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Junctional Epidermolysis Bullosa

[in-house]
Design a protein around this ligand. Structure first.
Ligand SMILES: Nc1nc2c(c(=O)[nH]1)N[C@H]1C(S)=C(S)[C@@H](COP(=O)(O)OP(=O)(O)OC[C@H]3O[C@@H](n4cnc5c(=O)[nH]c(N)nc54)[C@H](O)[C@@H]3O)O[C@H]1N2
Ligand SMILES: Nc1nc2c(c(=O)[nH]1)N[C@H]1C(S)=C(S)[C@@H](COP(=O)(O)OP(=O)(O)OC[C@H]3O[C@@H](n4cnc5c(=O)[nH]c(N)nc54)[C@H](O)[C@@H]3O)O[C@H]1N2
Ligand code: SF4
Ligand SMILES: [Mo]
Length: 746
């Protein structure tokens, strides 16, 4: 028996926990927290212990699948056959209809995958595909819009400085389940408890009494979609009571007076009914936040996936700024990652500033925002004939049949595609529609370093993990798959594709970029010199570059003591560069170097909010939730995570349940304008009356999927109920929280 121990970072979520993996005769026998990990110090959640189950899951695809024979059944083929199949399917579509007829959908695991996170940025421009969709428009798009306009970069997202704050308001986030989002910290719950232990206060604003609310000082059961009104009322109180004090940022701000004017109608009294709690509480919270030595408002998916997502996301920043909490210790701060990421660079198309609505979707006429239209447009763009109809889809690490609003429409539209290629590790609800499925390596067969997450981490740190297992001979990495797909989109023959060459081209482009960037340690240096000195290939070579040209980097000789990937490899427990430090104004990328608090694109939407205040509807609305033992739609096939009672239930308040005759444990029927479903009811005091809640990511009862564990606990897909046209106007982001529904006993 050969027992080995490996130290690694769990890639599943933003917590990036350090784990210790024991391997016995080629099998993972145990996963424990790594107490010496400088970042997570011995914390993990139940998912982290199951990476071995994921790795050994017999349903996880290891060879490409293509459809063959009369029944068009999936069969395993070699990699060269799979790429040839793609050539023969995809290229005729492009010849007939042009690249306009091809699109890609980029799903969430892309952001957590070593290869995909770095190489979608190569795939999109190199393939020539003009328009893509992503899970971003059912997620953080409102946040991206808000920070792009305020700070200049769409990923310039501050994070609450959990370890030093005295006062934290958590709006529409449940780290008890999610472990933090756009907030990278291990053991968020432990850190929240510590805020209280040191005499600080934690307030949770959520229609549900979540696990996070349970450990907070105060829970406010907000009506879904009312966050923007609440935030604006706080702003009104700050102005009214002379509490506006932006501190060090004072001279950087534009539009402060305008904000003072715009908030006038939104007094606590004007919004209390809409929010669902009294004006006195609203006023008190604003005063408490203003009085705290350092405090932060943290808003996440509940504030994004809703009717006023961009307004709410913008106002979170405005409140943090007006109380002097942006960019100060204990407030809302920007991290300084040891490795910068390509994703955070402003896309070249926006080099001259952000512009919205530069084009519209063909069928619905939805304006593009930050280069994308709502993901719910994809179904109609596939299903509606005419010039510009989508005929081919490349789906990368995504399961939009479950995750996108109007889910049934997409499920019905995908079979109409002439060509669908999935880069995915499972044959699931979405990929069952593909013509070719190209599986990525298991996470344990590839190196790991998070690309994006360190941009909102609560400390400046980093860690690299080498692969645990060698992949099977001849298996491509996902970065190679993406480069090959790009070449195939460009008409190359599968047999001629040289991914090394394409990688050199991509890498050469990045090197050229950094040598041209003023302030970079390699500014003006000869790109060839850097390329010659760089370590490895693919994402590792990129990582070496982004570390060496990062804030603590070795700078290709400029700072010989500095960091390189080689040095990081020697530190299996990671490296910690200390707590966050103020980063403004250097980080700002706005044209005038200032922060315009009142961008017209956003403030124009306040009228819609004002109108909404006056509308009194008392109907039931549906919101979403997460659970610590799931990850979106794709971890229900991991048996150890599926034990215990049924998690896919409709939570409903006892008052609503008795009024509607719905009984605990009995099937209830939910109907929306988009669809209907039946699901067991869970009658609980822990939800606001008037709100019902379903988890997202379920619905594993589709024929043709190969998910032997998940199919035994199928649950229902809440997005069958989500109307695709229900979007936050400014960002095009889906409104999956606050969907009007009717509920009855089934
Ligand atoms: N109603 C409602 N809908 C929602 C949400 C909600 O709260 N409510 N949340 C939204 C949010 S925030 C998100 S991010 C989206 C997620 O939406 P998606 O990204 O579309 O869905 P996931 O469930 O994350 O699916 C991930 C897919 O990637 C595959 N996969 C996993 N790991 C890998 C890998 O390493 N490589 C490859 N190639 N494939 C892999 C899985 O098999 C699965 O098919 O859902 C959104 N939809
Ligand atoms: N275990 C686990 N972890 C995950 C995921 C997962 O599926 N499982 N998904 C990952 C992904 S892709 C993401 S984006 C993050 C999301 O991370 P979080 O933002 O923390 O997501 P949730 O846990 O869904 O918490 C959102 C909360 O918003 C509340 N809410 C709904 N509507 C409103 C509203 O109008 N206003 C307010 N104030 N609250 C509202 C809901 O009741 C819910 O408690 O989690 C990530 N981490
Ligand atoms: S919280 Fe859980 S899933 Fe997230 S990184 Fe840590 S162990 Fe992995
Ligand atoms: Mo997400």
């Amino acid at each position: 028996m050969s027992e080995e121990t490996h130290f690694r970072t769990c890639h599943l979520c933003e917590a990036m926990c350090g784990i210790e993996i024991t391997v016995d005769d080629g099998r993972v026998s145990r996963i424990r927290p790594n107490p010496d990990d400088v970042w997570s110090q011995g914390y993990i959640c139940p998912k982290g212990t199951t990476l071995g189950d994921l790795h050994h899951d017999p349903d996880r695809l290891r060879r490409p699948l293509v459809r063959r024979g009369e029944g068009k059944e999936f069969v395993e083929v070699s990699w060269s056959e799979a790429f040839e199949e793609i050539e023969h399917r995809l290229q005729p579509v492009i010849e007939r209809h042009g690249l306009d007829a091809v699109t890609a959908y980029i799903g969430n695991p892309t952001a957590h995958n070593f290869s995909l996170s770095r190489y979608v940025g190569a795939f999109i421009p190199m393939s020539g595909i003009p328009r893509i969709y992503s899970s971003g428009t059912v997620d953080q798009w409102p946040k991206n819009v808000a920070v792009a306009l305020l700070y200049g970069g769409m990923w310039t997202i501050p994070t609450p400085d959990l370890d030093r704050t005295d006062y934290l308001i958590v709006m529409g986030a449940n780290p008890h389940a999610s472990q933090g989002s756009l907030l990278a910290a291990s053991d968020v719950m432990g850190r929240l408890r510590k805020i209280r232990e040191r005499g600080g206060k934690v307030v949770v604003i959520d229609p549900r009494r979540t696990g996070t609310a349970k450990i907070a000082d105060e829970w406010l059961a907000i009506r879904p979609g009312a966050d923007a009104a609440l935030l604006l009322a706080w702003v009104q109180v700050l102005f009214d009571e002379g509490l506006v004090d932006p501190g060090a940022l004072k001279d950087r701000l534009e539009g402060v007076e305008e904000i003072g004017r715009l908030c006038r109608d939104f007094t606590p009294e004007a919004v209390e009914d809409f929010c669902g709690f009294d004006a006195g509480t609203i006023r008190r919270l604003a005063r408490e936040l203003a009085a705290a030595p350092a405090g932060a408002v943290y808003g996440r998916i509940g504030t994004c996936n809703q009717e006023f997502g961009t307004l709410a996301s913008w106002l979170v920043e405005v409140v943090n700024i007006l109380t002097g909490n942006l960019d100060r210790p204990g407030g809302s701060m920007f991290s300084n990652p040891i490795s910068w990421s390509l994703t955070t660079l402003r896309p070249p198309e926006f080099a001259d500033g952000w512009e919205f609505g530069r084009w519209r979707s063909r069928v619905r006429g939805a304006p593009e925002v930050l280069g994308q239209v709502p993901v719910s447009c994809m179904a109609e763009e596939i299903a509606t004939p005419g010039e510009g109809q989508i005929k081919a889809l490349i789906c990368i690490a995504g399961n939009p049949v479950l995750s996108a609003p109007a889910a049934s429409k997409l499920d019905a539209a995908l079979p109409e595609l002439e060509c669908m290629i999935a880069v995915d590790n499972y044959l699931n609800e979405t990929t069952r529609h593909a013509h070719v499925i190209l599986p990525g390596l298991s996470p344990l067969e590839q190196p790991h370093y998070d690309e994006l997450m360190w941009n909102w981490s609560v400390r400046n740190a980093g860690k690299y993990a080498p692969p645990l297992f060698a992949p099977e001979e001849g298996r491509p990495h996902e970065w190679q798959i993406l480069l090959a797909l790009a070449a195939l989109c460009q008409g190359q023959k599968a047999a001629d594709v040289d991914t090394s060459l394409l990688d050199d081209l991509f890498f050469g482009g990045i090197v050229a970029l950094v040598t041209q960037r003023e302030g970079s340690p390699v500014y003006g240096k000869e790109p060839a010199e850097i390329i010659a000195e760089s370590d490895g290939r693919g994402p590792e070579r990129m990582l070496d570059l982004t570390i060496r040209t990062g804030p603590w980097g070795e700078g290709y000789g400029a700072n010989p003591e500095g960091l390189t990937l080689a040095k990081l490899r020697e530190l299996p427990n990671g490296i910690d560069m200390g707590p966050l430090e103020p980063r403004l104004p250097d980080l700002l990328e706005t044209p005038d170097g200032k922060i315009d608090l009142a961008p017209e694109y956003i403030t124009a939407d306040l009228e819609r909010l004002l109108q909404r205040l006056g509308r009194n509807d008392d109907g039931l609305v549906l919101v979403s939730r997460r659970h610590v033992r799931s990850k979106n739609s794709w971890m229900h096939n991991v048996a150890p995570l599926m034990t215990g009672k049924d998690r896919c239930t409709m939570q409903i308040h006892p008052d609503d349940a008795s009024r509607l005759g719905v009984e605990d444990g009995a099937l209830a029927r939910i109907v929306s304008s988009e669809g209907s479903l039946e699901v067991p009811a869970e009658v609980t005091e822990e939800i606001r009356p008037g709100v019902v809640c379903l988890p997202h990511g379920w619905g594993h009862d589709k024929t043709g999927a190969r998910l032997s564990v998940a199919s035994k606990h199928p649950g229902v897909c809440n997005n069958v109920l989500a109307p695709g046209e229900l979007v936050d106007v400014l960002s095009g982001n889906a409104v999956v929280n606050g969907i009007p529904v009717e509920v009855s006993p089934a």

Epidermolysis bullosa (EB) is a group of genetically determined disorders characterized by excessive susceptibility of the skin and mucosae to separate from the underlying tissues following mechanical trauma. The individual diseases vary in their impact from relatively minor disability to death in infancy. Junctional epidermolysis bullosa is a group of inherited disorders, due to mutation in one of the three genes encoding components of the laminin 5 protein, characterized by mechanically induced blistering occuring within the membrane at the level of the lamina lucida. Previously Junctional EB was more usually known as EB letalis, however some cases can survive with relatively little handicap into adult life. In the Herlitz type ( or lethal JEB) blisters are present at birth. The mouth and pharynx are affected often severely causing pain and difficulty with feeding. In the benign junctional epidermolysis bullosa areas of previous blistering show a variable degree of atrophy and scarring alopecia. Congenital pyloric atresia occurs in a small number of infants with JEB.

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